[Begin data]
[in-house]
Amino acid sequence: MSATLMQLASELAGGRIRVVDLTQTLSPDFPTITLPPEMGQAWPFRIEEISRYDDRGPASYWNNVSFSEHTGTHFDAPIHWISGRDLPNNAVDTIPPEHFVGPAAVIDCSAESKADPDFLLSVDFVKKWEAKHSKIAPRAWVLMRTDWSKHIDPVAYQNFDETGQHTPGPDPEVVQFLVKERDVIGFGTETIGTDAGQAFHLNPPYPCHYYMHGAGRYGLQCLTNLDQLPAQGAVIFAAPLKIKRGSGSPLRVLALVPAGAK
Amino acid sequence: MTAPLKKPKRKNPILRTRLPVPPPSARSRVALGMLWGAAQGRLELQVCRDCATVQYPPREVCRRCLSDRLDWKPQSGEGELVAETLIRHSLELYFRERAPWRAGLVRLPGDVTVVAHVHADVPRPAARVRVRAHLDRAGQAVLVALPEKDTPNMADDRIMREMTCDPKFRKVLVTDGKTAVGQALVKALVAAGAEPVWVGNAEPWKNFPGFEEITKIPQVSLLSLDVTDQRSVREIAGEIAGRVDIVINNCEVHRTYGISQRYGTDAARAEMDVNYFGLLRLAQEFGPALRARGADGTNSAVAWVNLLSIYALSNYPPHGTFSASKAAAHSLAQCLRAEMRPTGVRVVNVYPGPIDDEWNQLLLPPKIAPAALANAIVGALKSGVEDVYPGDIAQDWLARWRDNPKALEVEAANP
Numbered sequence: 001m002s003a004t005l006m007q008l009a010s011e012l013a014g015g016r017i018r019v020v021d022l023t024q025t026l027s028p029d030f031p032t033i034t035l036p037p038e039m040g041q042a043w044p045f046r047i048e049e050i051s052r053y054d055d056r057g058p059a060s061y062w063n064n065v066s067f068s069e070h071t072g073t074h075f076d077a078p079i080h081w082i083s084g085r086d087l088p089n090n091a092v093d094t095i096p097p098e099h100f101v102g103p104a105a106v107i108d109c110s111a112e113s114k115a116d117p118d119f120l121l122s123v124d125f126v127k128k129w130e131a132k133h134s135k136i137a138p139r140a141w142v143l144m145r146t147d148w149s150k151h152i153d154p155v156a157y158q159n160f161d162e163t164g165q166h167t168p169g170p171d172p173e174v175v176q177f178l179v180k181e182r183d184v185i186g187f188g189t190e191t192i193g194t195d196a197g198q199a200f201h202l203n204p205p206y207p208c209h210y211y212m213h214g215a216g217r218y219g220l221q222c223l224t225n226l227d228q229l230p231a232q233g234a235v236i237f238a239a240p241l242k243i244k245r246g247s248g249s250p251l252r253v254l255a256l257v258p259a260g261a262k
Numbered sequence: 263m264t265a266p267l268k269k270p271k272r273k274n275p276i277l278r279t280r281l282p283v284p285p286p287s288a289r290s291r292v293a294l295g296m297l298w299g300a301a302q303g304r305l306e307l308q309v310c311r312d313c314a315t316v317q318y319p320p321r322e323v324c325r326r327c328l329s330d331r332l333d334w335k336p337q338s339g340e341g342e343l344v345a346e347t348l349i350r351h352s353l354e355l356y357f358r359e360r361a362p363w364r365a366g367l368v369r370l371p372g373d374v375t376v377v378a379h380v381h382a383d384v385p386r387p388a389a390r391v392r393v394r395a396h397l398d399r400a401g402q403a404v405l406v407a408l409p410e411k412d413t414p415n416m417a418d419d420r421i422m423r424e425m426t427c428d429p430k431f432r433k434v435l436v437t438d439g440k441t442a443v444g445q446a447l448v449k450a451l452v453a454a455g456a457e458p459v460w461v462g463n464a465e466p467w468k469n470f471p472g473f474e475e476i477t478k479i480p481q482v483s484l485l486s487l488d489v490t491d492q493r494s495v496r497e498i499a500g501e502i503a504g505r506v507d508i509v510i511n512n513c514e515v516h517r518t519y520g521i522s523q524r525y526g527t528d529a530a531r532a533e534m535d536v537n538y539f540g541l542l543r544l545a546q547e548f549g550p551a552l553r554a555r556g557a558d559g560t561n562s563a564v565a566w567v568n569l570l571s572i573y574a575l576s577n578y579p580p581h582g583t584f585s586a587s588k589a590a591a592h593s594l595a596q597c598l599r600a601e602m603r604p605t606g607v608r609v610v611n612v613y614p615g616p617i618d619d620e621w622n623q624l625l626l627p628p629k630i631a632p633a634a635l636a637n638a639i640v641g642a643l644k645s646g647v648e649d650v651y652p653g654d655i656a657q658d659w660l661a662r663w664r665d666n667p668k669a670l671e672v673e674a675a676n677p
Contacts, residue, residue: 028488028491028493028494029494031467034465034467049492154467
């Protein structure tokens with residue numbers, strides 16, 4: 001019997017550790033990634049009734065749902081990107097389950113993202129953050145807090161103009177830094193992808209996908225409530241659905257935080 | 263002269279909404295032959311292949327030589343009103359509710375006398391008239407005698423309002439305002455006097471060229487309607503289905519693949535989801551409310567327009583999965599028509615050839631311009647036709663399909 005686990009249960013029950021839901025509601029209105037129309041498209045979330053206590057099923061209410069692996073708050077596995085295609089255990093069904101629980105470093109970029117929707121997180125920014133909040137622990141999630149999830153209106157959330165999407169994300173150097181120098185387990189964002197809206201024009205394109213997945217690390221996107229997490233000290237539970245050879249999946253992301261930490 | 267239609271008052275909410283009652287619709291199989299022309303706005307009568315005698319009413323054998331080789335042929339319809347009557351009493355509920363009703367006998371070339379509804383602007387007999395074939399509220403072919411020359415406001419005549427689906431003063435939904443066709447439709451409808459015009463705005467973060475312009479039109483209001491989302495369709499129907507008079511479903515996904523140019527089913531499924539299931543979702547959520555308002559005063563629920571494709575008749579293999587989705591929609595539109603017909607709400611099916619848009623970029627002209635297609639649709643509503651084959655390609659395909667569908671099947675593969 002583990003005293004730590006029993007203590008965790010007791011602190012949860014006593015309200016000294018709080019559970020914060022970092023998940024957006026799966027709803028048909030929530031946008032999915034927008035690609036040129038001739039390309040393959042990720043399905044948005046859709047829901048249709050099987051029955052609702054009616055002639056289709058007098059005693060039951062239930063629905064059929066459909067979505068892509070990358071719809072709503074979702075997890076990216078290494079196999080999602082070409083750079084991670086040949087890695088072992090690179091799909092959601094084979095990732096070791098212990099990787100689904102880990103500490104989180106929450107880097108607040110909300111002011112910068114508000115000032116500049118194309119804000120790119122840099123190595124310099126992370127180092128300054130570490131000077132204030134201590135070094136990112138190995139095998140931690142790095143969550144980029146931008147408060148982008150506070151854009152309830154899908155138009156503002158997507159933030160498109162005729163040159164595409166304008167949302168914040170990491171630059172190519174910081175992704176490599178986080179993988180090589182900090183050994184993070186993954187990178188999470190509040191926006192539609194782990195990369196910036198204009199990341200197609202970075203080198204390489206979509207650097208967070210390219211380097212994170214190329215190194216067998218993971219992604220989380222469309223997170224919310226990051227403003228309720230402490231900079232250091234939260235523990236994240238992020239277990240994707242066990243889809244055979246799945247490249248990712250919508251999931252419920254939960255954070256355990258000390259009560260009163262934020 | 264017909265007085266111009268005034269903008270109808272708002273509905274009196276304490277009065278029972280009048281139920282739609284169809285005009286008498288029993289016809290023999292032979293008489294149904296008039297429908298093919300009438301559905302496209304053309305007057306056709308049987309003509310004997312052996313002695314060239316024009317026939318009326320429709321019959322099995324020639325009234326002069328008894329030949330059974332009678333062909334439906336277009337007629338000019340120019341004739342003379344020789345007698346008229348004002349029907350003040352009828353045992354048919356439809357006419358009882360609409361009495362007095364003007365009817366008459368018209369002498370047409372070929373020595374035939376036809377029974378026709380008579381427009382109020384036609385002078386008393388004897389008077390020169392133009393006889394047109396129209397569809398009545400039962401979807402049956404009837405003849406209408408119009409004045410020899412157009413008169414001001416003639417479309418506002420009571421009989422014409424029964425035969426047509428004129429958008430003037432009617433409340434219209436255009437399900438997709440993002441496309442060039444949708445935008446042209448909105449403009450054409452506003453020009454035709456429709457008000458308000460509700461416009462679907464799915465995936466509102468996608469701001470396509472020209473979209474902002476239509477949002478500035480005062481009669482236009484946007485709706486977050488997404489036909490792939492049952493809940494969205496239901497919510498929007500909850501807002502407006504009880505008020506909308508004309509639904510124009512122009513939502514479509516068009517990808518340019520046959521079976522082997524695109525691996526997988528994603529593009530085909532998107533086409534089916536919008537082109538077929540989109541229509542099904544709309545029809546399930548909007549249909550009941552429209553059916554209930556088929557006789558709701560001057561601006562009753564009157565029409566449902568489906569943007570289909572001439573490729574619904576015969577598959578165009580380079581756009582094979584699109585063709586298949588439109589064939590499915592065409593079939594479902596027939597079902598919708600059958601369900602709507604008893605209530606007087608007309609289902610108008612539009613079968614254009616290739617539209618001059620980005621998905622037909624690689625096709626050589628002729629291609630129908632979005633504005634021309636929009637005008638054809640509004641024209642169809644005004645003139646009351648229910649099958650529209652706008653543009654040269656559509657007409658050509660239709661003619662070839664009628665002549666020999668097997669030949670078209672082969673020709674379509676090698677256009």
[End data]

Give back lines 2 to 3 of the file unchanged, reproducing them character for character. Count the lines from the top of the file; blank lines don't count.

Amino acid sequence: MSATLMQLASELAGGRIRVVDLTQTLSPDFPTITLPPEMGQAWPFRIEEISRYDDRGPASYWNNVSFSEHTGTHFDAPIHWISGRDLPNNAVDTIPPEHFVGPAAVIDCSAESKADPDFLLSVDFVKKWEAKHSKIAPRAWVLMRTDWSKHIDPVAYQNFDETGQHTPGPDPEVVQFLVKERDVIGFGTETIGTDAGQAFHLNPPYPCHYYMHGAGRYGLQCLTNLDQLPAQGAVIFAAPLKIKRGSGSPLRVLALVPAGAK
Amino acid sequence: MTAPLKKPKRKNPILRTRLPVPPPSARSRVALGMLWGAAQGRLELQVCRDCATVQYPPREVCRRCLSDRLDWKPQSGEGELVAETLIRHSLELYFRERAPWRAGLVRLPGDVTVVAHVHADVPRPAARVRVRAHLDRAGQAVLVALPEKDTPNMADDRIMREMTCDPKFRKVLVTDGKTAVGQALVKALVAAGAEPVWVGNAEPWKNFPGFEEITKIPQVSLLSLDVTDQRSVREIAGEIAGRVDIVINNCEVHRTYGISQRYGTDAARAEMDVNYFGLLRLAQEFGPALRARGADGTNSAVAWVNLLSIYALSNYPPHGTFSASKAAAHSLAQCLRAEMRPTGVRVVNVYPGPIDDEWNQLLLPPKIAPAALANAIVGALKSGVEDVYPGDIAQDWLARWRDNPKALEVEAANP